In this 1945 Mechanix Illustrated article, Harold S. Kahm sets out the facts for any would-be ride-designers looking to hit the jackpot with a new high-speed thrill. Starting with the origin story of the bumper car (a WWI munitions plant worker built a miniature truck for hauling parts, the plant workers went crazy riding it, so he covered it with bumpers and turned it into a carny ride), he moves onto the holy grail of 1945 amusement parks: a portable ride. The best thing about this article are the diagrams on the second and third pages. Woah. Charlie at the Modern Mechanix blog has them up at a generous 1800px wide, perfect for clip-art harvesting.
As a matter of fact, hundreds of new ideas for rides flow into the offices of ride manufacturers in a steady stream, but not one in a hundred is even worth consideration, simply because the average inventor has no understanding of the technical requirements of the industry; he doesn’t, in fact, seem to know anything about anything—if you can believe the expert ride men. So if you think you’d like to try your luck in this fabulously successful field, which is certainly one of the best in the world for the amateur inventor, here are the facts you should know: The average successful ride is easily portable; it can be set up or dismantled in a few hours, and conveniently loaded into one or two trucks. If it is not portable, in this manner, it will be of no use to the richest and biggest ride market—the travelling carnival. A portable ride, on the other hand, is just as saleable to permanent amusement parks. In other words, you can sell a portable ride to any ride operator, but if it isn’t portable your market is limited to parks alone.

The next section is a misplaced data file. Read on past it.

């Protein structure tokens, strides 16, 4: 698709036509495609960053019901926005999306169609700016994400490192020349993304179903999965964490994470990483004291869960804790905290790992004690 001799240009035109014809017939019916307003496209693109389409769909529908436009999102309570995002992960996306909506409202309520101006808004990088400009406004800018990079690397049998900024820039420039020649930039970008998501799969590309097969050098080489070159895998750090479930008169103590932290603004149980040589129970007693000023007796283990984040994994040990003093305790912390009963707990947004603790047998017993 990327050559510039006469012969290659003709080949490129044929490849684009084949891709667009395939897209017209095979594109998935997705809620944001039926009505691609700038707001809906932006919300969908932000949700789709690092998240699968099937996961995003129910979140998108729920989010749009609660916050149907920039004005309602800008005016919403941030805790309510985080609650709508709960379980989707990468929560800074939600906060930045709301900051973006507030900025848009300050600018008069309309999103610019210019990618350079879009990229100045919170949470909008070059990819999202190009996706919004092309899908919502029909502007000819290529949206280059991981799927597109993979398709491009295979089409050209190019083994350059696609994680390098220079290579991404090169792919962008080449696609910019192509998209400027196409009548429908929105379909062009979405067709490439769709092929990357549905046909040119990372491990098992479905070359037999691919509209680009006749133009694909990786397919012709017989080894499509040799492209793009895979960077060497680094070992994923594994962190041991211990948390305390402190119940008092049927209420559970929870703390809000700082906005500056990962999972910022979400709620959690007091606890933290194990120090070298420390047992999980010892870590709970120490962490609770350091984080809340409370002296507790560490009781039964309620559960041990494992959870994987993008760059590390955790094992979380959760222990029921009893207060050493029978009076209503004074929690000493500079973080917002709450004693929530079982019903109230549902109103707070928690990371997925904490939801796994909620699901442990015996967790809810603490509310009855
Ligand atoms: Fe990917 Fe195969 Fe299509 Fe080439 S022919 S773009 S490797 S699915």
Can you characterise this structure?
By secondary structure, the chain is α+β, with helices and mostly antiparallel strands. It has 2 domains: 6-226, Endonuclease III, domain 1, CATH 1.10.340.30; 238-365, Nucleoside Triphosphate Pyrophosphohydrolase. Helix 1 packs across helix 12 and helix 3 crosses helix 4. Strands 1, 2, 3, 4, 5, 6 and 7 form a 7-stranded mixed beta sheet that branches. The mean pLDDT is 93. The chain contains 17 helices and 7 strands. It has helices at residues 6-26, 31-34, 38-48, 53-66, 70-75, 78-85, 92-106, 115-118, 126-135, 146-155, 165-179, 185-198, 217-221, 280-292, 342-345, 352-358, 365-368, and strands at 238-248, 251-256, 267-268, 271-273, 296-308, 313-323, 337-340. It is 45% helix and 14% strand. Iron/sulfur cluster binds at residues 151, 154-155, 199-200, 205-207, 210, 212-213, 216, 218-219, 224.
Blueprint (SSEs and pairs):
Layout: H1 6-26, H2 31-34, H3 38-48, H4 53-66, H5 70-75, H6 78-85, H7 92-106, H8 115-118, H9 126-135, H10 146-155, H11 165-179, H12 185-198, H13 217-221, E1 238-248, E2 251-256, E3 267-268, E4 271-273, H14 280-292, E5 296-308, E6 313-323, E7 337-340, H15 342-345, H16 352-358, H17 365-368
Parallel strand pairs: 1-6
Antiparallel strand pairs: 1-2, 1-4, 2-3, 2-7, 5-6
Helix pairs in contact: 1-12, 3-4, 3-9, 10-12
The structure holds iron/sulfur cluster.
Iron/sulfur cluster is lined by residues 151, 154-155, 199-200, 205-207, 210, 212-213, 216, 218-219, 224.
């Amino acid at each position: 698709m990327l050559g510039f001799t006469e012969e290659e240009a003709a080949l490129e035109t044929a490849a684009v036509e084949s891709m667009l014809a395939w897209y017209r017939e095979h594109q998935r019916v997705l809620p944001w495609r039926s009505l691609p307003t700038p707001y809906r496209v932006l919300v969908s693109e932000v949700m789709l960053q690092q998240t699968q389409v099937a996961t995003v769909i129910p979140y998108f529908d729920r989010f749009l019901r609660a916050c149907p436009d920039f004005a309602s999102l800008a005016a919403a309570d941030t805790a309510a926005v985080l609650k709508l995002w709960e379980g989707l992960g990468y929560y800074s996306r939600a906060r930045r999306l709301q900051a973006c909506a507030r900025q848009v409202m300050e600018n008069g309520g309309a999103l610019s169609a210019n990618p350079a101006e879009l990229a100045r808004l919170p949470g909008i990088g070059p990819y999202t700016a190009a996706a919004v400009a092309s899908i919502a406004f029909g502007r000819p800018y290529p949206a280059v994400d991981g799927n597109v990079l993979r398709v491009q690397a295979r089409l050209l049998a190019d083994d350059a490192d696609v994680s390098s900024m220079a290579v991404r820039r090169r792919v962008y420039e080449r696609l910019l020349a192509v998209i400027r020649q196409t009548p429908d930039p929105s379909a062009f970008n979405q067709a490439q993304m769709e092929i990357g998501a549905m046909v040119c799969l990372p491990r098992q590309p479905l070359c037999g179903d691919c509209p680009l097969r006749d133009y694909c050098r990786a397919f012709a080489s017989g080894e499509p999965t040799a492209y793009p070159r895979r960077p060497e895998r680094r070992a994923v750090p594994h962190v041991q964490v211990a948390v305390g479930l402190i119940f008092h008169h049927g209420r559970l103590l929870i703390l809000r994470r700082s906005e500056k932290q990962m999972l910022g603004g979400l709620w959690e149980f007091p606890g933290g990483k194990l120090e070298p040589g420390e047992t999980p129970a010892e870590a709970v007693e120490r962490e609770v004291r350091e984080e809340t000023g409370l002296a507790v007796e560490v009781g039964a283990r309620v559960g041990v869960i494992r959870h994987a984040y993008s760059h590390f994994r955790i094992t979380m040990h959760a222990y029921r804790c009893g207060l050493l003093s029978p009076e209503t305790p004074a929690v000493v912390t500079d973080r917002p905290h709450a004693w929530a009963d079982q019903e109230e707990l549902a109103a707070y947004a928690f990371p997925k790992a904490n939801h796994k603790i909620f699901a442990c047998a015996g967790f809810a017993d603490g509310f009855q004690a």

If you can figure out a way to make permanent park rides portable—such as the roller coaster—you’ve got yourself a million dollars; every big carnival company in existence would buy one, and wouldn’t hesitate to pay $50,000.00 for it. A coaster in a good location can make that much in a season. But on the other hand, just design a new and better type of coaster for parks and you’ll do all right, too; $5,000.00 royalty per coaster is considered a reasonable payment, and there might be 200 park owners scrambling for the new design.
I write books. My latest is a YA science fiction novel called Homeland (it's the sequel to Little Brother). More books: Rapture of the Nerds (a novel, with Charlie Stross); With a Little Help (short stories); and The Great Big Beautiful Tomorrow (novella and nonfic). I speak all over the place and I tweet and tumble, too.